Mercy adds Elkhorn clinic; expanding in Delavan
ELKHORN Mercy Health System’s gleaming new clinic in Elkhorn features state-of-the-art facilities, large exam rooms and plenty of natural light from its soaring lobby windows.
Its most significant additions, however, are the primary care physicians who will soon work there, improving access to medical care in a community where doctors are relatively scarce.
The clinic opened April 1, offering services in family medicine, internal medicine and a host of specialty fields. It also boasts radiology equipment, X-ray services and a lab.
Mercy doctors from nearby hospitals staff the clinic now, rotating in for afternoon shifts, Mercy Vice President Jeni Hallatt said.
Two new primary care physicians—doctors who give check-ups or provide basic screenings—will join the clinic full time in August, Hallatt said. Mercy hopes to add two more in the coming years.
“We are bringing a clinic where the patients are in need,” she said. “Bringing the physicians to them so that they don’t have to travel to other areas of the county, or even outside of the county, for their primary care needs.”
As the Elkhorn clinic saw its first patients last week, Mercy is also working on an expansion project at its Delavan facility, which is set to open in September. It will bring another two new primary care physicians to the area, along with a rotating cast of specialists.
That’s a big deal in Walworth County, where one study found the ratio of primary care physicians to residents was more than double the state average.
The study from the University of Wisconsin Population Health Institute and the Robert Wood Johnson Foundation defined primary care physicians as doctors who work in general practice, family, internal or pediatric medicine.
There are 1,247 residents for every primary care physician in Wisconsin, the study reported. With just 40 doctors serving more than 100,000 residents, Walworth County had a ratio of 2,559-to-1, which ranks among the state’s worst.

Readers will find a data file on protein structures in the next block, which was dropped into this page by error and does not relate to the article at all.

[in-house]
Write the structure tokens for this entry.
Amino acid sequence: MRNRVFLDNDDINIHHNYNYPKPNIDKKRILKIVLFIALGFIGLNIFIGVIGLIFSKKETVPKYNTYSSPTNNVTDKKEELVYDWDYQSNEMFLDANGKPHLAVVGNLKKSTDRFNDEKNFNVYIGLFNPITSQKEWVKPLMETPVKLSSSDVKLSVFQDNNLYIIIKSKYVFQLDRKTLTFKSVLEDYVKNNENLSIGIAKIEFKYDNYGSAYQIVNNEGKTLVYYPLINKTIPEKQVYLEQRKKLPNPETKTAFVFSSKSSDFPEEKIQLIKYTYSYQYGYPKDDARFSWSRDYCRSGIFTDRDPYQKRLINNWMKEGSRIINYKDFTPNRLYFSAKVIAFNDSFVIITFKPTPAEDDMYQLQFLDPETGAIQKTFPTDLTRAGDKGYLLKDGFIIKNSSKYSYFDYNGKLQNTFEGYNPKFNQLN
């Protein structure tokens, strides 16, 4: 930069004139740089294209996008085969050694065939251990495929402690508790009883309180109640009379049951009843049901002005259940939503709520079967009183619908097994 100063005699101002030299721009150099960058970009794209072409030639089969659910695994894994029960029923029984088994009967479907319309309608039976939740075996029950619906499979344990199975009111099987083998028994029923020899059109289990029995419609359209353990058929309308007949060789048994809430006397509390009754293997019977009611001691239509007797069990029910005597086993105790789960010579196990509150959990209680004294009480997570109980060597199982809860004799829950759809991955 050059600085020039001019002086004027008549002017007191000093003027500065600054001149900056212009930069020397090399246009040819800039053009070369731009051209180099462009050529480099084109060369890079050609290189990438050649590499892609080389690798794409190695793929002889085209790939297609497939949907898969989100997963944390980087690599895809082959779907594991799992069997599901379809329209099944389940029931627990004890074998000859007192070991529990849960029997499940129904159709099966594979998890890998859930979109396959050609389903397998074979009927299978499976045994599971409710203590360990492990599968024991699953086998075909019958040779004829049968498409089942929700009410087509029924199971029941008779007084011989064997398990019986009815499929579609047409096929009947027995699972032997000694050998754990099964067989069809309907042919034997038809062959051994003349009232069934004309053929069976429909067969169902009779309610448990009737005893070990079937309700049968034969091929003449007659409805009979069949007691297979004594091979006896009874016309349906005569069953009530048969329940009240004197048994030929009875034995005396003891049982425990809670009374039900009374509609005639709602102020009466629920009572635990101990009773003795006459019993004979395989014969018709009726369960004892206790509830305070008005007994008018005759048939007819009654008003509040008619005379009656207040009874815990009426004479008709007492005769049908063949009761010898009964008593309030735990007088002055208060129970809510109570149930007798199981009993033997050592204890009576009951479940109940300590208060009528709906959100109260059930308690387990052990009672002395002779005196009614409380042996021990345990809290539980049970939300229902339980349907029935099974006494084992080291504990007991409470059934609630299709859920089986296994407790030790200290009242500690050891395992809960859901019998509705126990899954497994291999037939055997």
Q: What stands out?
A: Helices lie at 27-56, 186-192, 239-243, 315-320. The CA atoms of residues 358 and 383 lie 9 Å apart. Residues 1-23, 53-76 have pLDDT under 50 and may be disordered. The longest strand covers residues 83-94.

Access to those physicians is particularly important, experts say. They provide the kind of basic and preventive care that can address health problems early on—before they become bigger, costlier and more dangerous.
“You want to stop things before they become catastrophic,” Walworth County Public Health Officer Jan Ellefsen said.
The county’s relative lack of primary care doctors is a problem, Ellefsen said, because it makes it easy for people to put off that sort of care.
Hallatt echoed that sentiment. Mercy identified Walworth County as an area that needed more primary care doctors, she said, in part because of its growth over the past couple of decades.
Adding six new physicians over the next few years would make seeing a doctor much easier, Hallatt said.
“The closer the physician is to where the patient lives, the more likely they are to receive those services,” she said. “If you have someone that does not live near a health care facility, they’re not going to be as reminded to come in” to receive care.
Even with the new doctors, Walworth County’s ratio of residents to primary care physicians will still be greater than the state’s. Still, Ellefsen said the physicians that will join the new Elkhorn clinic represent a step in the right direction.
“We just need to start bringing down that number,” Ellefsen said.